Fort Carson soldier says she was harassed for wearing hijab

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EL PASO COUNTY, Colo. — A soldier at Fort Carson near Colorado Springs says she was harassed by a superior for wearing a hijab, according to Army Times. 

Sgt. Cesilia Valdovinos’ attorney told Army Times that the soldier met with Col. David Zinn Thursday to discuss an equal opportunity complaint shortly after Command Sgt. Maj. Kerstin Montoya accused Valdovinos of wearing her hair down under the hijab.

Zinn said he did not have an issue with the way Montoya attempted to enforce Army hair regulations.

“A commander’s inquiry found allegations against a senior non-commissioned officer were unsubstantiated regarding discriminating against Sgt. Cesilia Valdovinos,” Zinn said in a statement to Army Times. “The inquiry concluded that the senior noncommissioned officer acted appropriately by enforcing the proper wear of the hijab, in compliance with Army regulations.”

However, Valdovinos — who is Muslim — said the she has always tied up her hair in a bun beneath the hijab. She told the Army Times that she believes her senior enlisted leader is targeting her.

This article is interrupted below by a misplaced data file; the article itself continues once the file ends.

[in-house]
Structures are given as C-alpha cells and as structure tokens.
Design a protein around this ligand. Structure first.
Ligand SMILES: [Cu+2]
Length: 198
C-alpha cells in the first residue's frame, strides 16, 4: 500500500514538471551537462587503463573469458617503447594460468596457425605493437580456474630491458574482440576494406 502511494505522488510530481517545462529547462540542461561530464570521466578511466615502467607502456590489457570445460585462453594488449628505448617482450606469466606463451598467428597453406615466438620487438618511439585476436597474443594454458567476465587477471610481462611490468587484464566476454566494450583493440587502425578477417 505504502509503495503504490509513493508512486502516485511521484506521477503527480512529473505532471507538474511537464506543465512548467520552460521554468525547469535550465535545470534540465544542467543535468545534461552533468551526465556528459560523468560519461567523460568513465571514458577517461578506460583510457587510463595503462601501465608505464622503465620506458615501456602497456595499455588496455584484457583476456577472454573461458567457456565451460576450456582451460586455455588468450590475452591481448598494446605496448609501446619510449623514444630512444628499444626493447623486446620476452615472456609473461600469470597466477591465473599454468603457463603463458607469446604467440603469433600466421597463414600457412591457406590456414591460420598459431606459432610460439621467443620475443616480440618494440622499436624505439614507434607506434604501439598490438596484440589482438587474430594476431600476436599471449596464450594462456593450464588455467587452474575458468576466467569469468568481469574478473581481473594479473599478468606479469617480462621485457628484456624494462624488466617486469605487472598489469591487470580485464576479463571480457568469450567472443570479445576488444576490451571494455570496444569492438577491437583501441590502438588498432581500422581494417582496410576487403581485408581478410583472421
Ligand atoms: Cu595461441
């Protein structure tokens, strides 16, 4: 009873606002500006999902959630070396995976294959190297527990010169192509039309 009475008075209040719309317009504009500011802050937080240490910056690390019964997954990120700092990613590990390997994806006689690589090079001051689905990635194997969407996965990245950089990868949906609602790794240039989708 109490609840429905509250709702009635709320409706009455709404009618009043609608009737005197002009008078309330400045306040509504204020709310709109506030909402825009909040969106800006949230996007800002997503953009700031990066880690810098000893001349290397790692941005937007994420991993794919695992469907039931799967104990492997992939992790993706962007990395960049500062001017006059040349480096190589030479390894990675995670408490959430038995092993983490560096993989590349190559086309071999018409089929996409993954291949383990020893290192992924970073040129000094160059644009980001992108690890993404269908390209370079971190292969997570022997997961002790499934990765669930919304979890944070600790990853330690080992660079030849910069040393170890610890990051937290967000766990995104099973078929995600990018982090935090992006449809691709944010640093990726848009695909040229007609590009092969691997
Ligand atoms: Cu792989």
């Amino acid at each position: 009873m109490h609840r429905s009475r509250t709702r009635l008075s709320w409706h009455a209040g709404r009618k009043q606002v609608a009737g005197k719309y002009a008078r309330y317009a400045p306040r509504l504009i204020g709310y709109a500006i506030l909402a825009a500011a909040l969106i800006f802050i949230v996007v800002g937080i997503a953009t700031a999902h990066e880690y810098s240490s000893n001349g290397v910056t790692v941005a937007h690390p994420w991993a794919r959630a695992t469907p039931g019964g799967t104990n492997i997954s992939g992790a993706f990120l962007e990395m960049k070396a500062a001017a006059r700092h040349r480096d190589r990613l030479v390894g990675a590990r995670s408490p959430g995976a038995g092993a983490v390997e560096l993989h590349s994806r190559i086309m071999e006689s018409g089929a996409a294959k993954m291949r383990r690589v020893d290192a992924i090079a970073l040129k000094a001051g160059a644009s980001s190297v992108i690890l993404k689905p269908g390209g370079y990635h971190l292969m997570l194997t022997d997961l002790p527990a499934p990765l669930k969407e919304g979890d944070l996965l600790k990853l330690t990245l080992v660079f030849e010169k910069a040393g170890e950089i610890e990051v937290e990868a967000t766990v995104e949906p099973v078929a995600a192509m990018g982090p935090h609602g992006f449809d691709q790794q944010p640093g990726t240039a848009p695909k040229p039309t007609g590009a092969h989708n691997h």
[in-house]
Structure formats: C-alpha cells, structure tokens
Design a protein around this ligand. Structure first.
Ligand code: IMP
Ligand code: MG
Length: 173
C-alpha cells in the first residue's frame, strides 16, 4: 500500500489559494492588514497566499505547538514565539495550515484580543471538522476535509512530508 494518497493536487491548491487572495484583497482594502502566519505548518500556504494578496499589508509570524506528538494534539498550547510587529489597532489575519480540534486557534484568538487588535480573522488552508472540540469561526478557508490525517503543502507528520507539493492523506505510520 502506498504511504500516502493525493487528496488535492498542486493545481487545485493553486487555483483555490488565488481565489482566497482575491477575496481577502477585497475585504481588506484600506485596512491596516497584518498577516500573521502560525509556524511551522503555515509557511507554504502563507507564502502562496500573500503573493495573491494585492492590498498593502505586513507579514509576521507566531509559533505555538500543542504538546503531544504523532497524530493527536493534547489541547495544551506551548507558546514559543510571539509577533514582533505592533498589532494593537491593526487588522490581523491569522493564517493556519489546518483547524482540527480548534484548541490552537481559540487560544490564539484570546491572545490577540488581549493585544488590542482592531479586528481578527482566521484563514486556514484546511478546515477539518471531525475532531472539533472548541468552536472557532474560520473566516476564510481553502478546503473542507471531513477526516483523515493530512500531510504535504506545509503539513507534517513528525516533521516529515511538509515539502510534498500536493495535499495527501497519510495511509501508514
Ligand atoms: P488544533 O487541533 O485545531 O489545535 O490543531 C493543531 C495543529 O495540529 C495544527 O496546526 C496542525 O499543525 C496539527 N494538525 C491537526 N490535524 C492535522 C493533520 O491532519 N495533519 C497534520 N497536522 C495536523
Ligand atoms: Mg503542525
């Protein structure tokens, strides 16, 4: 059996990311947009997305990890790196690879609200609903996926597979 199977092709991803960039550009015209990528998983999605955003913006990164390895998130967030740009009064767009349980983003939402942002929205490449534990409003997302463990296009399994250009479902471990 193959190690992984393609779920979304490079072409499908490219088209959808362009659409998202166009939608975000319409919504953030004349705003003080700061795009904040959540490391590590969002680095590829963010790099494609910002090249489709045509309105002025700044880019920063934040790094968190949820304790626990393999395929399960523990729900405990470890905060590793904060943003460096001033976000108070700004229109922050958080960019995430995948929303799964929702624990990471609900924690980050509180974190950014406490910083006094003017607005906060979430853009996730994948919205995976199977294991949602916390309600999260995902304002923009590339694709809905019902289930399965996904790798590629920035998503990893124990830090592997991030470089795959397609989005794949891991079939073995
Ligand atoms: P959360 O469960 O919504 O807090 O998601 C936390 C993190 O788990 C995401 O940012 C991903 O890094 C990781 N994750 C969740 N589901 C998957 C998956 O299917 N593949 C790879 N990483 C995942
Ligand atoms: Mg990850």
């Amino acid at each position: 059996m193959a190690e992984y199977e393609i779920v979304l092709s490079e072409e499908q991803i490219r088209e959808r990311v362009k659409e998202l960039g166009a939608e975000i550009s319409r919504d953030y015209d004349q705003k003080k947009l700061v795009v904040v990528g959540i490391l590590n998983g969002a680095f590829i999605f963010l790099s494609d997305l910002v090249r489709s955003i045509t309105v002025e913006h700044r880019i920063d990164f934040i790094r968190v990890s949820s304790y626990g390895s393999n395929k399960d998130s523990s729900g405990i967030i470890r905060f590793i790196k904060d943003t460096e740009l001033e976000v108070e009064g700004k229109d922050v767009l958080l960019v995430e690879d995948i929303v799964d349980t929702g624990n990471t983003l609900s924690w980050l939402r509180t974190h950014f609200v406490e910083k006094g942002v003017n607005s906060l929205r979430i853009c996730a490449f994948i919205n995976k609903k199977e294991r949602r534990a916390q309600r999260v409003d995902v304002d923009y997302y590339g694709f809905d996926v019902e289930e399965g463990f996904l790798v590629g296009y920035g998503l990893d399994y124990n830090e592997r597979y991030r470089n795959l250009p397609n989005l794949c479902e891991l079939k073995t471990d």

Mikey Weinstein, the founder of the Military Religious Freedom Foundation that is representing  Valdovinos, told Army Times the alleged discrimination is “an absolutely quintessential example of some of the worst anti-Muslim bigotry, prejudice and harassment that we have seen.”

The foundation is now considering filing a lawsuit on behalf of Valdovinos.

Army Times reports that Valdovinos has a religious accommodation waiver that allows her to wear the hijab and remain within Army regulations. Such waivers have allowed soldiers to wear hijabs, Sikh turbans and patka coverings since early 2017. Hair must be kept tied up and off of faces, in compliance with existing regulations for long hair.

Moreover, Valdovinos said that she has thin, short hair, so a large bun is not visible when she ties up her hair.

Zinn said he is committed to supporting soldiers’ religious freedom.

“I have, and will continue to, take all reports of soldiers disrespecting religious beliefs, observances, or traditions very seriously,” he said in his statement to Army Times.

However, Valdovinos said Zinn would not consider transferring her despite her belief she was being targeted by Montoya.

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